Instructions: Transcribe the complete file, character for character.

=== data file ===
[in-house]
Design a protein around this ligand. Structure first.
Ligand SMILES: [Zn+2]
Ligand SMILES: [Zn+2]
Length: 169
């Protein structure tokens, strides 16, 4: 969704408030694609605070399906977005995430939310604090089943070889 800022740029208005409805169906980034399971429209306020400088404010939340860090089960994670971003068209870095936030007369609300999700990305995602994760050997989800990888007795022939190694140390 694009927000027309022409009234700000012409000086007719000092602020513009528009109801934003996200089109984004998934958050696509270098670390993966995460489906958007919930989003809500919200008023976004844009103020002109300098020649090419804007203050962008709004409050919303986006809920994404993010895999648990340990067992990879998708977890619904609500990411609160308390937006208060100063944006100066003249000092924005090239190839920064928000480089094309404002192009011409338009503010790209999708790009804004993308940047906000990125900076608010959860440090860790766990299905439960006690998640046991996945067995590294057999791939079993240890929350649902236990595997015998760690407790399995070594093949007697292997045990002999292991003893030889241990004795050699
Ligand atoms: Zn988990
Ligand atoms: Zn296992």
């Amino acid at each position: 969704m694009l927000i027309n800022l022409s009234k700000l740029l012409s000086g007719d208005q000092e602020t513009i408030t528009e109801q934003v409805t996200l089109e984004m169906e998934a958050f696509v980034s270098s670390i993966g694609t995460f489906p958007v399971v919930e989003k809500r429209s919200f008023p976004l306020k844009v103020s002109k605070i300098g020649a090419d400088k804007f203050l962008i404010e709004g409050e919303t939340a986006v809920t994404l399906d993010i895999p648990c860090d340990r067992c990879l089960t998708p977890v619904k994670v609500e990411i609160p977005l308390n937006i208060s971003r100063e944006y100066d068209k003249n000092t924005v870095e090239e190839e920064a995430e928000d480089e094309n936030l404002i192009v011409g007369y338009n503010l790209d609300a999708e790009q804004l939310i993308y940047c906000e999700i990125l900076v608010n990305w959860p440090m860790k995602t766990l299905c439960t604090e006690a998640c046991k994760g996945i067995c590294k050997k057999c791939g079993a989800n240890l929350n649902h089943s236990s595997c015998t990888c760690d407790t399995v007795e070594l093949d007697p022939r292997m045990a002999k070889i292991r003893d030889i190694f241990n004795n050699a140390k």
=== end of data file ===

[in-house]
Design a protein around this ligand. Structure first.
Ligand SMILES: [Zn+2]
Ligand SMILES: [Zn+2]
Length: 169
């Protein structure tokens, strides 16, 4: 969704408030694609605070399906977005995430939310604090089943070889 800022740029208005409805169906980034399971429209306020400088404010939340860090089960994670971003068209870095936030007369609300999700990305995602994760050997989800990888007795022939190694140390 694009927000027309022409009234700000012409000086007719000092602020513009528009109801934003996200089109984004998934958050696509270098670390993966995460489906958007919930989003809500919200008023976004844009103020002109300098020649090419804007203050962008709004409050919303986006809920994404993010895999648990340990067992990879998708977890619904609500990411609160308390937006208060100063944006100066003249000092924005090239190839920064928000480089094309404002192009011409338009503010790209999708790009804004993308940047906000990125900076608010959860440090860790766990299905439960006690998640046991996945067995590294057999791939079993240890929350649902236990595997015998760690407790399995070594093949007697292997045990002999292991003893030889241990004795050699
Ligand atoms: Zn988990
Ligand atoms: Zn296992």
């Amino acid at each position: 969704m694009l927000i027309n800022l022409s009234k700000l740029l012409s000086g007719d208005q000092e602020t513009i408030t528009e109801q934003v409805t996200l089109e984004m169906e998934a958050f696509v980034s270098s670390i993966g694609t995460f489906p958007v399971v919930e989003k809500r429209s919200f008023p976004l306020k844009v103020s002109k605070i300098g020649a090419d400088k804007f203050l962008i404010e709004g409050e919303t939340a986006v809920t994404l399906d993010i895999p648990c860090d340990r067992c990879l089960t998708p977890v619904k994670v609500e990411i609160p977005l308390n937006i208060s971003r100063e944006y100066d068209k003249n000092t924005v870095e090239e190839e920064a995430e928000d480089e094309n936030l404002i192009v011409g007369y338009n503010l790209d609300a999708e790009q804004l939310i993308y940047c906000e999700i990125l900076v608010n990305w959860p440090m860790k995602t766990l299905c439960t604090e006690a998640c046991k994760g996945i067995c590294k050997k057999c791939g079993a989800n240890l929350n649902h089943s236990s595997c015998t990888c760690d407790t399995v007795e070594l093949d007697p022939r292997m045990a002999k070889i292991r003893d030889i190694f241990n004795n050699a140390k």